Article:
Above: Joseph Millar taking out the NZ 100m title at the national championships. Photo by Alisha Lovrich / Temposhot.
Joseph Millar shattered the 20-year-old national 200m record to complete the sprint double at the Jennian Homes New Zealand Track & Field Championships last weekend Steve Landells speaks to Joseph’s coach, Dr Paul Gamble, to find out just how the World Championship-bound athlete achieved the feat.
When Paul Gamble first started coaching Joseph Millar in June 2015 he bluntly described the then six-time senior national sprint champion as “a broken man.” Ravaged by injury Joseph, aged 22 at the time, was a man in need of assistance.
“He has always been a very talented guy, but he had clearly lost his way,” explains Paul, who has a background (and PhD) in sports science and works as Coaching Director for the AUT-Millennium Athlete Development Programme.
“When I first met him he was clearly very committed and my aim was to match that commitment and put together a plan to put him back in one piece.”
Joseph was structurally struggling, carrying fractures in his back while the fibula in the lower left leg was repeatedly dislocating.
After Joseph made the commitment to relocate from Tauranga to Auckland it was Gamble’s role to re-build him from the ground up. Yet it was to prove a long, slow process.
“When Joseph arrived he did not have a clear idea on his integral technical model,” explains Paul. “We returned to fundamentals and a lot of ABC-type drills to piece together the different parts of his technique. We focused on quality rather than the volume. We worked on many aspects like how his feet connected to the ground and the finer, deeper nuances of sprinting.”
From a physical perspective, he received regular treatment from former High Performance Sport New Zealand physio Chelsea Lane (now working in the NBA as Head of Physical Performance and Sports Medicine with the Golden State Warriors) and Joseph was asked to carry out a range of drills and gym work to strengthen the back and lower leg.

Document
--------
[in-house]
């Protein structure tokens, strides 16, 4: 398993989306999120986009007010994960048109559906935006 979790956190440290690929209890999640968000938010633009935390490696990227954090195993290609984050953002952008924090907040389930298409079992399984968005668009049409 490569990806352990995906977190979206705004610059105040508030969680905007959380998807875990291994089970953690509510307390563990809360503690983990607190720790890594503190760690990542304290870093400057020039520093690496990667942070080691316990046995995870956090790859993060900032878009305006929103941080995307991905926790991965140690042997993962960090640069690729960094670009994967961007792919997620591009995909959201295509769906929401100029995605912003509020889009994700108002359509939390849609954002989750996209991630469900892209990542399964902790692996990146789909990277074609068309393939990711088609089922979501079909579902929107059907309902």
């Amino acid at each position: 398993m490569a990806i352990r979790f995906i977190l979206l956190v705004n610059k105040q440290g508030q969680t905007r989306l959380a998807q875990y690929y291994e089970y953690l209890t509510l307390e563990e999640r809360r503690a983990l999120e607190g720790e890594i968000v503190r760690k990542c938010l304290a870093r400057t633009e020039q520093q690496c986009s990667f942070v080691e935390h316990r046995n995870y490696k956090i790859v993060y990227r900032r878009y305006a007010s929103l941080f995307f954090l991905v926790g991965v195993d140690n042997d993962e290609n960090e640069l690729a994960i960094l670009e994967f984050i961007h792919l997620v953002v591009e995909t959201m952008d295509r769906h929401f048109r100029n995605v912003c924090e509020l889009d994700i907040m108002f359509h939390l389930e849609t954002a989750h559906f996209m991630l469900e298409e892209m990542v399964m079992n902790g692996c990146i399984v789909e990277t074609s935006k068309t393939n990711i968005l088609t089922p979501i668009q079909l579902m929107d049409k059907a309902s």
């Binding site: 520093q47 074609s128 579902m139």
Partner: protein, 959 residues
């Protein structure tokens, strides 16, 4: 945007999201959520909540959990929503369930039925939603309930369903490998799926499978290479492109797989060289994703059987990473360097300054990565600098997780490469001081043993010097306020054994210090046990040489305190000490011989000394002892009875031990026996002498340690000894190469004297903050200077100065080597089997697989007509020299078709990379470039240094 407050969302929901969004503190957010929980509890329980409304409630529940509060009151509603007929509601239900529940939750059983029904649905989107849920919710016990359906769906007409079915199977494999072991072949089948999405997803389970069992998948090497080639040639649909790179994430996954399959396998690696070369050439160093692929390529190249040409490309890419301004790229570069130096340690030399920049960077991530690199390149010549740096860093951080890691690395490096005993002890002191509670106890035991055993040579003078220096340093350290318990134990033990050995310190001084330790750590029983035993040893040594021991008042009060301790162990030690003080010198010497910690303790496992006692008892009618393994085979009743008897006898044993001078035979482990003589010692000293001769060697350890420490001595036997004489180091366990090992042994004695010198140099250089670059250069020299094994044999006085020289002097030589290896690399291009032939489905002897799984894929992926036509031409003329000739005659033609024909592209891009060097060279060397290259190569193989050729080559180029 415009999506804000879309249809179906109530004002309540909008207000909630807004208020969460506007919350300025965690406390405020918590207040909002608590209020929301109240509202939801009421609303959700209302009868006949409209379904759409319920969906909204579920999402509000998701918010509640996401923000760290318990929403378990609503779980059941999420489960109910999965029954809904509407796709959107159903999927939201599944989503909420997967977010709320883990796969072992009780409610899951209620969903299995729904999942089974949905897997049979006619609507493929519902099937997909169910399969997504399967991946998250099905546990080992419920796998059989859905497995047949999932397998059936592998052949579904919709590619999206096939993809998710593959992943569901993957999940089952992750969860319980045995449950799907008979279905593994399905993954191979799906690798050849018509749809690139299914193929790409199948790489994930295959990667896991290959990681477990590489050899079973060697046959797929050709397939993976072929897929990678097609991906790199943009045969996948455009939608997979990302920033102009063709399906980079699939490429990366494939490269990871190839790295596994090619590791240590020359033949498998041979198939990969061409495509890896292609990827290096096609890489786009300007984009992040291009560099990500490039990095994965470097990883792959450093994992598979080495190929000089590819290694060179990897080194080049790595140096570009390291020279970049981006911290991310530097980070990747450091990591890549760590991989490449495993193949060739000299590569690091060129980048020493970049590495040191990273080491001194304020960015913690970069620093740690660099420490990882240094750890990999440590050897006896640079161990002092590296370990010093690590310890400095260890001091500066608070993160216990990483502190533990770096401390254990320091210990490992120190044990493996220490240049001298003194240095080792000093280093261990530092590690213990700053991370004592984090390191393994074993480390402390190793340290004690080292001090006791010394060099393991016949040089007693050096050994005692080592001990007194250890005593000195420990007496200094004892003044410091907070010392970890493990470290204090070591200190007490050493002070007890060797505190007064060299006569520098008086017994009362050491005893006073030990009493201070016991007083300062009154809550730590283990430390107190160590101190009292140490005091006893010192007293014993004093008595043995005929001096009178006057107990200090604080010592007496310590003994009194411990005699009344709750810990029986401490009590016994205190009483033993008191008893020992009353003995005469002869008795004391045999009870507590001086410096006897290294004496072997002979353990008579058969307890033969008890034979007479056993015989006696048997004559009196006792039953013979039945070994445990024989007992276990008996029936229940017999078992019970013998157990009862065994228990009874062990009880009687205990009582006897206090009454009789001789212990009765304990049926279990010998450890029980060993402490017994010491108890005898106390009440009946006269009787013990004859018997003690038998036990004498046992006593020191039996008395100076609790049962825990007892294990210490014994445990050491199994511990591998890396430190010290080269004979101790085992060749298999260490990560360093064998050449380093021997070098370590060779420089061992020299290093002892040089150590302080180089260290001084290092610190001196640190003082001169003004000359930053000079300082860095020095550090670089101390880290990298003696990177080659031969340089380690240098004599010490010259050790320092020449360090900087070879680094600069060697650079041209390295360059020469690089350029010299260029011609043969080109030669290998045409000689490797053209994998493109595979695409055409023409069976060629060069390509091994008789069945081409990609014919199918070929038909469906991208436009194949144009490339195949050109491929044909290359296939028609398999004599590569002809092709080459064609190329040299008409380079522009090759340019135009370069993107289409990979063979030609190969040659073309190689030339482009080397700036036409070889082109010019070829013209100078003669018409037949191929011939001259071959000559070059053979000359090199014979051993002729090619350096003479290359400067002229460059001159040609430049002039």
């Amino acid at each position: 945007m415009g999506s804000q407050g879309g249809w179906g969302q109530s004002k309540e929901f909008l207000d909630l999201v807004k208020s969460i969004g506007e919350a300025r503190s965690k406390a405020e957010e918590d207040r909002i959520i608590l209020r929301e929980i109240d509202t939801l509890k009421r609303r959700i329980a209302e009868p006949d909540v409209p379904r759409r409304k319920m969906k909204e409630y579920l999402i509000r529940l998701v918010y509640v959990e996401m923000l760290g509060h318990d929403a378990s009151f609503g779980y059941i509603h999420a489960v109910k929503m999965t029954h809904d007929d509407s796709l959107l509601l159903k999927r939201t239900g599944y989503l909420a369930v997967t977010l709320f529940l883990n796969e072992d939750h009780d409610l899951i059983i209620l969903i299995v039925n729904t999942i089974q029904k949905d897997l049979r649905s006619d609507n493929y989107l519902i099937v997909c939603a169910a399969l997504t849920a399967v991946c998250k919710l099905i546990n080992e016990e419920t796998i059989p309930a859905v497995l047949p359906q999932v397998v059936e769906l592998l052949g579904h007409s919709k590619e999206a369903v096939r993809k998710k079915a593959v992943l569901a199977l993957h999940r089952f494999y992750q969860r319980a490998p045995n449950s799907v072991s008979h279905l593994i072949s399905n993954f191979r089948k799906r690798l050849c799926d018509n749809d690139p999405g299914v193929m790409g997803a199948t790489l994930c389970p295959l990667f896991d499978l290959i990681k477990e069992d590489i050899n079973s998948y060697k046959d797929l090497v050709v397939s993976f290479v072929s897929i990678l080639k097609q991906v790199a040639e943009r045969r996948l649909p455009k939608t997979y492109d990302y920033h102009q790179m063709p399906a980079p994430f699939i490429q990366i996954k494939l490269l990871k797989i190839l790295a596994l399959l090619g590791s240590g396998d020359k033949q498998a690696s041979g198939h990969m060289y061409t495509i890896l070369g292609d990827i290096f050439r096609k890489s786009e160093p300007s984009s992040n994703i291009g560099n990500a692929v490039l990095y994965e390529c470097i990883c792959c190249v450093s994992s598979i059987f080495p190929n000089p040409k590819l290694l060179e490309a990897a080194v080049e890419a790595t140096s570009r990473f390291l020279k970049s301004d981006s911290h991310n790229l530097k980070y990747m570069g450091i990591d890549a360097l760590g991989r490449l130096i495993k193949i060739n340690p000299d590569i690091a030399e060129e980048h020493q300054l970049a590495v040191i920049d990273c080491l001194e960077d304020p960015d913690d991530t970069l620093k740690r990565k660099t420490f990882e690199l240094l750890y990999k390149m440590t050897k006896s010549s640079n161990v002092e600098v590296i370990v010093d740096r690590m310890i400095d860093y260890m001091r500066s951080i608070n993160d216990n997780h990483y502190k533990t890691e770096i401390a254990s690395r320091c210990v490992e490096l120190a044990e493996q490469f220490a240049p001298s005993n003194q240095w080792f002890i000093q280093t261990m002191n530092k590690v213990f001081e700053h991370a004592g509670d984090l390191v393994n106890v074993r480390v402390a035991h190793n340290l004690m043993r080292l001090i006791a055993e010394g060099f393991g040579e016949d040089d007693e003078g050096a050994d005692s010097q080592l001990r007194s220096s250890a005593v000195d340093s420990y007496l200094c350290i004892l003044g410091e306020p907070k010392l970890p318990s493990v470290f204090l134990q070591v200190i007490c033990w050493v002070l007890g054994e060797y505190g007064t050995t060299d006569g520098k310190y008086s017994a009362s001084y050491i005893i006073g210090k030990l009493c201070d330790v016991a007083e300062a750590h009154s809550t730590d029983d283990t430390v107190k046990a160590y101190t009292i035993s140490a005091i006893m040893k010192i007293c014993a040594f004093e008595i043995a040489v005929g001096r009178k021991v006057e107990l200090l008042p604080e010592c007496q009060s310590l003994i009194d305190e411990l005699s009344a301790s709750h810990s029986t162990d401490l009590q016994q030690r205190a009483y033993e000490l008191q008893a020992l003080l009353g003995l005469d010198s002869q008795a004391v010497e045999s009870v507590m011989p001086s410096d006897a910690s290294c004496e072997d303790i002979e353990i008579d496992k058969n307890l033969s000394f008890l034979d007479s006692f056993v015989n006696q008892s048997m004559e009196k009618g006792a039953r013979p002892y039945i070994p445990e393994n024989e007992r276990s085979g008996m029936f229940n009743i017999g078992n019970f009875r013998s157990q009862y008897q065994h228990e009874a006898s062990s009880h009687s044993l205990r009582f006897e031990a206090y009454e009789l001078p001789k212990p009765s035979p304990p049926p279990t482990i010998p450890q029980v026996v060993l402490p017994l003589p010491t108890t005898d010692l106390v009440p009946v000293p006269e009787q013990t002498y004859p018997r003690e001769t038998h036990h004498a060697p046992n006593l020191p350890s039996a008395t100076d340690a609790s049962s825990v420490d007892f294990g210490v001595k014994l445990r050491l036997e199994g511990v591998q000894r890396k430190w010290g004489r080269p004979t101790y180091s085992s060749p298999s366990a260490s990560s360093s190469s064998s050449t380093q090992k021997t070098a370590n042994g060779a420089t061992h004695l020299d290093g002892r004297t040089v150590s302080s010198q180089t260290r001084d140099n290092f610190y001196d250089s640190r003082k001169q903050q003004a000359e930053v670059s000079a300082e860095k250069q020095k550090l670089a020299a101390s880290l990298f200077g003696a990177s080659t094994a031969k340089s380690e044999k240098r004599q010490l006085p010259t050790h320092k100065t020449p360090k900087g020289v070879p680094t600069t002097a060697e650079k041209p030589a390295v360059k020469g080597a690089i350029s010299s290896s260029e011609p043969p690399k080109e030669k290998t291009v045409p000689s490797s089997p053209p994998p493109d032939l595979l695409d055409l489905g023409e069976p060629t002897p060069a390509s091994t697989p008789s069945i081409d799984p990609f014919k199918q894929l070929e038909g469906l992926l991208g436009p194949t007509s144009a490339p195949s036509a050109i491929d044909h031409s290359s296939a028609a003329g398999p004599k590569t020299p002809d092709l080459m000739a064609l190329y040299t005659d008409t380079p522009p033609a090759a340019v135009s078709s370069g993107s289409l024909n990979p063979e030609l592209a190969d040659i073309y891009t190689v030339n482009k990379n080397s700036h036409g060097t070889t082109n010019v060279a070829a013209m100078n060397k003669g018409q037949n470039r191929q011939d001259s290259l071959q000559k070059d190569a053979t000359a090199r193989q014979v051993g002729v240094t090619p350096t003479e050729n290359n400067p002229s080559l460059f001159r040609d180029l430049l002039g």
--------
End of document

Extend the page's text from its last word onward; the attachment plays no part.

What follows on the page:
He was also committed to a lot of self-therapy and although the process could be frustratingly slow, Joseph was encouraged that for the first time in a long time he was pain-free.
The next phase of his development came from September 2015 through to January 2016. In this period the pair patiently stepped up the training and progress was made.
“Every day he had a better mind and body connection,” explains Paul. “It was clear he was moving well, although not running fast at this stage.”
In January 2016 he ran a swift 10.36 for the 100m at the Capital Classic and then at Porritt Classic trimmed 0.04 from his 200m best, clocking 20.77. He ran two further 10.33 times in Canberra and Brisbane for the 100m and was “back on track again” before moving over to Europe to have a crack at the Olympic qualification standard for Rio.
Basing himself out of Lee Valley in North London to train in the same group as British 9.96 100m sprinter Chijindu Ujah he competed across part of the European summer. Unfortunately, he struggled to produce his best and after his gran became gravely ill he returned home to New Zealand.
“The trip to Europe didn’t go as planned, although looking back he had a great experience training with guys who were faster than him – which is certainly something Joseph wouldn’t have experienced in New Zealand.”
However, on his return in August, Joseph, who had struggled to settle in Auckland, decided to relocate back to Tauranga to be closer to family, and started work at a chiropractor’s clinic. With Paul and his family committed to Auckland the coach-athlete relationship stopped for a period as Joseph trained without a coach in his home town.